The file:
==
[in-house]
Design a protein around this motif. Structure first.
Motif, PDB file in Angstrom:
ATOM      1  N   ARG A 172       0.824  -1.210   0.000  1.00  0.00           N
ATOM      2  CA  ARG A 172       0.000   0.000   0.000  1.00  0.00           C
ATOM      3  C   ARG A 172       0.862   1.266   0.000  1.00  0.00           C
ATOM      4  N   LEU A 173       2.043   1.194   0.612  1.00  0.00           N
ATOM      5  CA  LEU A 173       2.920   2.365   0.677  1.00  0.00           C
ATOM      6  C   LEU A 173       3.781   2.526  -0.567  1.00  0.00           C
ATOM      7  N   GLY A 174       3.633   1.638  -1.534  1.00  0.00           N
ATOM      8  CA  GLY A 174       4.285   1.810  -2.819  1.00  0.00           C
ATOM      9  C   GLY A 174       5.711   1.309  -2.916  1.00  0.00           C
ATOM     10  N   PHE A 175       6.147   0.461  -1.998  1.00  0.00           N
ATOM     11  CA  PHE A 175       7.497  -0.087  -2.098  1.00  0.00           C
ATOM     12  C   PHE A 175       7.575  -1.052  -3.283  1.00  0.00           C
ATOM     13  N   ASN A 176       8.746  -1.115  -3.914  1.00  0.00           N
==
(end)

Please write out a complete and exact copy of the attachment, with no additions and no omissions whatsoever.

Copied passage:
[in-house]
Design a protein around this motif. Structure first.
Motif, PDB file in Angstrom:
ATOM      1  N   ARG A 172       0.824  -1.210   0.000  1.00  0.00           N
ATOM      2  CA  ARG A 172       0.000   0.000   0.000  1.00  0.00           C
ATOM      3  C   ARG A 172       0.862   1.266   0.000  1.00  0.00           C
ATOM      4  N   LEU A 173       2.043   1.194   0.612  1.00  0.00           N
ATOM      5  CA  LEU A 173       2.920   2.365   0.677  1.00  0.00           C
ATOM      6  C   LEU A 173       3.781   2.526  -0.567  1.00  0.00           C
ATOM      7  N   GLY A 174       3.633   1.638  -1.534  1.00  0.00           N
ATOM      8  CA  GLY A 174       4.285   1.810  -2.819  1.00  0.00           C
ATOM      9  C   GLY A 174       5.711   1.309  -2.916  1.00  0.00           C
ATOM     10  N   PHE A 175       6.147   0.461  -1.998  1.00  0.00           N
ATOM     11  CA  PHE A 175       7.497  -0.087  -2.098  1.00  0.00           C
ATOM     12  C   PHE A 175       7.575  -1.052  -3.283  1.00  0.00           C
ATOM     13  N   ASN A 176       8.746  -1.115  -3.914  1.00  0.00           N